Always drawn to the aesthetic of building forms, Richard Bunkall, began sketching from a perch on the sixtieth floor of a New York high-rise and painting his interpretations. He appreciates not only the magnitude, but also the spiritual inspiration which motivates such sublime structures as Stonehenge and the Flatiron Building. Whether it be a Greek temple of the Empire State Building, in these constructions man confronts his desire to create something more permanent than himself.
In his most recent paintings a new element has emerged; steam engines, planes and ships have found refuge inside massive and ornate warehouses. Bunkall was initially inspired while touring the antiquated locomotives with his children. The spirit of invention projected in the mammoth and complex forms struck him in their parallelism to his buildings. His compositions disclose this symmetry. Bunkall caches these relics of the Industrial Age in museums of his own making. The paintings preserve and honor that which is being lost. He describes his subjects as old souls: their previous contributions examined as man advances beyond his past.
Out of the background and shadows, scurrying figures emerge dwarfed beneath their surroundings. Among them are those who move forward, habituated to the magnitude of this arena, while others pause in respect. Still, there are those who blend into or grow out of the canvas; an integral part of this cityscape. The blurred and ghostly images further the theme of the transitory in Bunkall’s work. They are the impermanent occupying the semi-permanent world of the postindustrial city.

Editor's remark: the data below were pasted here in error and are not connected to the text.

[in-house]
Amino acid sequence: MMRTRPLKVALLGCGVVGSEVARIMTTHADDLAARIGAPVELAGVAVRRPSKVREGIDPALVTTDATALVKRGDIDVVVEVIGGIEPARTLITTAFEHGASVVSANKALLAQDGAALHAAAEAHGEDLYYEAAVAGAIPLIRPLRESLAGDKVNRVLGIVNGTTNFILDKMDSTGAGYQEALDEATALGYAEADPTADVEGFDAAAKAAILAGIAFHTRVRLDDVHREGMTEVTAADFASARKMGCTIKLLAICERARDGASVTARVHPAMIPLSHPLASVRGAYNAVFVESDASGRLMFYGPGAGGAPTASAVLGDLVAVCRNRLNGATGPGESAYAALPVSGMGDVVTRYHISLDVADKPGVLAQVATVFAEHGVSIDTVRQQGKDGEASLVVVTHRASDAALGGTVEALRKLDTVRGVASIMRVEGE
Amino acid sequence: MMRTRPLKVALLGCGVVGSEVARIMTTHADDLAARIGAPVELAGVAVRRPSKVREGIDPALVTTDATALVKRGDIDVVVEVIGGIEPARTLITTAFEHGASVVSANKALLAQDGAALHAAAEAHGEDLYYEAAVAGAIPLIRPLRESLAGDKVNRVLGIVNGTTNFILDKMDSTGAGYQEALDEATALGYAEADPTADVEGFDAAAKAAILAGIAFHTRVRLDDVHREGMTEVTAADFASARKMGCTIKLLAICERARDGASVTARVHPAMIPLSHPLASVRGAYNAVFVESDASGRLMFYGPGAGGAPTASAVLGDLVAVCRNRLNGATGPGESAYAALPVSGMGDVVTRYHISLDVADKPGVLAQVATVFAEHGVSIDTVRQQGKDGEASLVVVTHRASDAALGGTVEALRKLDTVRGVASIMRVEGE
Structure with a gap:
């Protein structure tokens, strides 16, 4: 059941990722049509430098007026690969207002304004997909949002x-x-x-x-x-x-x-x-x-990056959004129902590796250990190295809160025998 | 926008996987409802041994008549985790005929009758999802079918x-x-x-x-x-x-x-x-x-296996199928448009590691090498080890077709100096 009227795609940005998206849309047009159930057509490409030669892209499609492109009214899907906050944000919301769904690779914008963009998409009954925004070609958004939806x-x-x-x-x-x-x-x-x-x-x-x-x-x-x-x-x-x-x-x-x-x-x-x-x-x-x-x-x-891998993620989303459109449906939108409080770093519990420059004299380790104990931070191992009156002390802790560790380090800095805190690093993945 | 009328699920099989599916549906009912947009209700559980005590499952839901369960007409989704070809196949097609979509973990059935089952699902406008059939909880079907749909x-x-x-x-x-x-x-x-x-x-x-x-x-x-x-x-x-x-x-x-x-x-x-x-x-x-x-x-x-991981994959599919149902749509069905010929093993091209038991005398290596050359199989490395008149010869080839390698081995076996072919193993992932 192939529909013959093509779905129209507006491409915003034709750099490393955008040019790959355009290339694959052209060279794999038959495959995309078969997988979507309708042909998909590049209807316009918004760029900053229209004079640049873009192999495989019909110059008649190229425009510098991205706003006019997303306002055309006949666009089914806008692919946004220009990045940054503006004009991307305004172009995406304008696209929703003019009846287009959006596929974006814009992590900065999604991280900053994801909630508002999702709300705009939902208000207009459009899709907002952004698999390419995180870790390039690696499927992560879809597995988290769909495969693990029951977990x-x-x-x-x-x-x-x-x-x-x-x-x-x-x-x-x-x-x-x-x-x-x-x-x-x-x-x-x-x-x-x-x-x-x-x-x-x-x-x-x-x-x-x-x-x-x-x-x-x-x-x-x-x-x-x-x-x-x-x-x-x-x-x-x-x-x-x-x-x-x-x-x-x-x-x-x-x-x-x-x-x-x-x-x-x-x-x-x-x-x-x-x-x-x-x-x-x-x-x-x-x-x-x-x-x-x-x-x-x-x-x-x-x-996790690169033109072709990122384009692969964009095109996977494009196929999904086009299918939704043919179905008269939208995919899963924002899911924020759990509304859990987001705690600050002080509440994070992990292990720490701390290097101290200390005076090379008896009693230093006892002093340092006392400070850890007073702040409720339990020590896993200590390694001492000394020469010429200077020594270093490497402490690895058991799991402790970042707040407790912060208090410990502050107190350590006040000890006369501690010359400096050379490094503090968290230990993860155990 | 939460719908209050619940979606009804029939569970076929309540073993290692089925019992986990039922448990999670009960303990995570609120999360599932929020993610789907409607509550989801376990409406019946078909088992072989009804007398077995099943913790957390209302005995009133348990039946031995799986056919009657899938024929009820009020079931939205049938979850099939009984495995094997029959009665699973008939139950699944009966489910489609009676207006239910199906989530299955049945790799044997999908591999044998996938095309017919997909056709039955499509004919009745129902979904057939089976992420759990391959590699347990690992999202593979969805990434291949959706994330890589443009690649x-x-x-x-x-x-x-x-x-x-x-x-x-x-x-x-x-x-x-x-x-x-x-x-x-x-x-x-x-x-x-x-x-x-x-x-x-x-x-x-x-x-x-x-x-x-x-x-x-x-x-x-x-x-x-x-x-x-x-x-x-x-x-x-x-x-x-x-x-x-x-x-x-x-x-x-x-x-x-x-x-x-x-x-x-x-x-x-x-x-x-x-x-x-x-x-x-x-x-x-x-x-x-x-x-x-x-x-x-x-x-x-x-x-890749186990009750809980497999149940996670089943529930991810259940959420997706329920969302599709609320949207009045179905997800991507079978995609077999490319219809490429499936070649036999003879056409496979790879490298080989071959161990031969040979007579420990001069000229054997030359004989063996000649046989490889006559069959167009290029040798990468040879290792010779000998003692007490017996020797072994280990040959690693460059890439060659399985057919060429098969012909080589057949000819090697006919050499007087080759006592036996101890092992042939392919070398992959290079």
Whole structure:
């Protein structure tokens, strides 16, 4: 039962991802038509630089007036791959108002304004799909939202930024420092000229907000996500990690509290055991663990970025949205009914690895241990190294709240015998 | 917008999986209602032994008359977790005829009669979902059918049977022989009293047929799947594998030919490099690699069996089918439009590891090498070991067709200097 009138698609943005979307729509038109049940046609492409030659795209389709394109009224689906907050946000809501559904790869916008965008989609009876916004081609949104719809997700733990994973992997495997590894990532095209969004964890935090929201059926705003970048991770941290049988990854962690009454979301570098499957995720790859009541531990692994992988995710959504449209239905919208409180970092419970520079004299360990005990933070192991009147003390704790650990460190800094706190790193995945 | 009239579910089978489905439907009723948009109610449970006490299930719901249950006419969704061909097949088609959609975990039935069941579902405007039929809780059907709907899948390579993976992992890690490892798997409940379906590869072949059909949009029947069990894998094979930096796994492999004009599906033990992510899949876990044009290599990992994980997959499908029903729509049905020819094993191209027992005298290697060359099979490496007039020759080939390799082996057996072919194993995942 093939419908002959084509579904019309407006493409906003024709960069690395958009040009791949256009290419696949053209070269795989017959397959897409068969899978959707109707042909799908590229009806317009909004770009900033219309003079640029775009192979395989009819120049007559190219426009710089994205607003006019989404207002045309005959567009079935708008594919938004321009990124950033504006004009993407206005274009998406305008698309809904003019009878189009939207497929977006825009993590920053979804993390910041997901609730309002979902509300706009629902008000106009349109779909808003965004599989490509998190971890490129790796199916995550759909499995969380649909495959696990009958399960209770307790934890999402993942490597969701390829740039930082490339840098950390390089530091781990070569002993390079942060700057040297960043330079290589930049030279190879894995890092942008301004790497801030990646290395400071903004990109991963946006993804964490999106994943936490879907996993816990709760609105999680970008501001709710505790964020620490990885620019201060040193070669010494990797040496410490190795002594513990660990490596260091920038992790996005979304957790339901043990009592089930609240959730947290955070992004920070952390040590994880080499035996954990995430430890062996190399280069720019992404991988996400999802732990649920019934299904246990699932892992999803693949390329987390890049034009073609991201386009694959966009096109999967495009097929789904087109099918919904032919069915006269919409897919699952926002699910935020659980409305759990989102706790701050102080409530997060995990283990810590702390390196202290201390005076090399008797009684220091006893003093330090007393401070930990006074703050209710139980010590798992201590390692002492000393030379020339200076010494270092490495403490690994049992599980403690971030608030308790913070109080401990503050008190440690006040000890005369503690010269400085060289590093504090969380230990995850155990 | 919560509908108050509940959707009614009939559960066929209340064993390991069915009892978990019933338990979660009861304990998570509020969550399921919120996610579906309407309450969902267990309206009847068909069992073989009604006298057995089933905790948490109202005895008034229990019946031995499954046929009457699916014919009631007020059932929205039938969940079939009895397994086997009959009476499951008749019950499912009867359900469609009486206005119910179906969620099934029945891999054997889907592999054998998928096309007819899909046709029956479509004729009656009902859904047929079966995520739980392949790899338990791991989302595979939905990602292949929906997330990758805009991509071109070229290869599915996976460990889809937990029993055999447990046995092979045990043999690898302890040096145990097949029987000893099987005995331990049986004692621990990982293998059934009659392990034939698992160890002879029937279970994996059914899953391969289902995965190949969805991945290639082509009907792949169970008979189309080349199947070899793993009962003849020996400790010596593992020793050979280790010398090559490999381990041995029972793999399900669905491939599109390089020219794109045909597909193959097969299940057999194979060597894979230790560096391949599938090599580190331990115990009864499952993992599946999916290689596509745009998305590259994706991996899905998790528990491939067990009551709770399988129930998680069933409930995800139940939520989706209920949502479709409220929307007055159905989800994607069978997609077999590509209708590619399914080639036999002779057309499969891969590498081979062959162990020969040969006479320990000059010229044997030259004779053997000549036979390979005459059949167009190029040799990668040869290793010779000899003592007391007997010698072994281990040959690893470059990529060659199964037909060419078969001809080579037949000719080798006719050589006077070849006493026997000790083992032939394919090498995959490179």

Gargoyles and angels reside above, befitting urban guardians. Bunkall’s depiction of these icons reflects his mastering of light and shadow used in conjunction with the simplification of form. Surface further adds to the expressiveness of his pieces. The layering and re-working of paint not only create a texture similar to that of building facades, but also serve in the rendering of mass and three-dimensional form. The palette expresses the rich darkness of the Gothic element found in Bunkall’s work. He combines this with colors similar to those used by the Ash Can painters to define urban life. The gritty earth tones subtly highlight the figures and cavernous entryways.
He captures the muted light which labors to reach the floor of a dense city. These paintings reflect Nineteenth Century Romanticism. His work is an intricate synthesis of ideas displaying command of technique and style. There is a reverence in his examination of man’s creations and an awareness of the spirit contained therein. Richard Bunkall has developed an original and compelling treatment of the cityscape and of Realism.